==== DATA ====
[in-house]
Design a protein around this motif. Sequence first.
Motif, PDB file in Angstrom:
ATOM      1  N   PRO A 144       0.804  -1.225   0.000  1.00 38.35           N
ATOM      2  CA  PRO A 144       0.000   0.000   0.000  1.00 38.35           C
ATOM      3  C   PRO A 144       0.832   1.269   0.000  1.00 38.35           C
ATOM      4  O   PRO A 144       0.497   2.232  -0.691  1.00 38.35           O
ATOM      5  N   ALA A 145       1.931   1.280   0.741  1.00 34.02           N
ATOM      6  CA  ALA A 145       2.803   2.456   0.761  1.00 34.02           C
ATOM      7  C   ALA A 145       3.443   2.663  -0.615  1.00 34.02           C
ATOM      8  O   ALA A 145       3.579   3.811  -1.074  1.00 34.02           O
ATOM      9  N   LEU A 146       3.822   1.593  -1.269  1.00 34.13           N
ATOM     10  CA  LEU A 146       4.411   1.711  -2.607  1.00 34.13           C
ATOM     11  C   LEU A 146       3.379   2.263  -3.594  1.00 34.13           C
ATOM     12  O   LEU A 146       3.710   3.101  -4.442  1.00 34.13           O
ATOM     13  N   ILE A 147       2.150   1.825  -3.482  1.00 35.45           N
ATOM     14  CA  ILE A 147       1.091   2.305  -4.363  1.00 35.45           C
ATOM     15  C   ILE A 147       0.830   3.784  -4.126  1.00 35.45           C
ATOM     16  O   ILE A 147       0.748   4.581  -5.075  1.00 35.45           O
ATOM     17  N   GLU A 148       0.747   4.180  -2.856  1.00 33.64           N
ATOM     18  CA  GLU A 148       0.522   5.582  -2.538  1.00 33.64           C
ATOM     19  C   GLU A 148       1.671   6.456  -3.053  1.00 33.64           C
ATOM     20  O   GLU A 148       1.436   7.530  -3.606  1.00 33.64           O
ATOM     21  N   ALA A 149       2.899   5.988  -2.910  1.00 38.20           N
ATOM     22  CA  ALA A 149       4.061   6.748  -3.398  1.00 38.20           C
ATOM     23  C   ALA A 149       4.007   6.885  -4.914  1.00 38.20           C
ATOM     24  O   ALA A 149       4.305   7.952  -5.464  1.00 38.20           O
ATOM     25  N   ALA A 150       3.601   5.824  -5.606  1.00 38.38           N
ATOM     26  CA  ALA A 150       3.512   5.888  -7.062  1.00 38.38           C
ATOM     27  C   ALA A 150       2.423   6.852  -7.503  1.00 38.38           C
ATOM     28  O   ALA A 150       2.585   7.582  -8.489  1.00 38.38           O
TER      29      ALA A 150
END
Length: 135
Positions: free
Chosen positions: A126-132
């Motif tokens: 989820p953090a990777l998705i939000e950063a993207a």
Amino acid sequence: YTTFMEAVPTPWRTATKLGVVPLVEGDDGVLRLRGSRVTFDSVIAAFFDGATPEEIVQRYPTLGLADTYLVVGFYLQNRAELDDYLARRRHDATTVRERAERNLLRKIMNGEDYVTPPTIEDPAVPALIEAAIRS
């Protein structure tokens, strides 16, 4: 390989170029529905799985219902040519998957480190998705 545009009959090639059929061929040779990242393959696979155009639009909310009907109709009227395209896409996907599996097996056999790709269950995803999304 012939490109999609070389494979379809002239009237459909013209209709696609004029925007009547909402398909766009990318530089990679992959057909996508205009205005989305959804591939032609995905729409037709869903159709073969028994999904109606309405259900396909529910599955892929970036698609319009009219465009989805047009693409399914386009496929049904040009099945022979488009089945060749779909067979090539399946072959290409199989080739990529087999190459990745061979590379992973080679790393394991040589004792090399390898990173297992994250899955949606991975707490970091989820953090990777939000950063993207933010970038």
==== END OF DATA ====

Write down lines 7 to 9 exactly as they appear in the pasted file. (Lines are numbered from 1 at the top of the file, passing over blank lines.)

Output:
ATOM      4  O   PRO A 144       0.497   2.232  -0.691  1.00 38.35           O
ATOM      5  N   ALA A 145       1.931   1.280   0.741  1.00 34.02           N
ATOM      6  CA  ALA A 145       2.803   2.456   0.761  1.00 34.02           C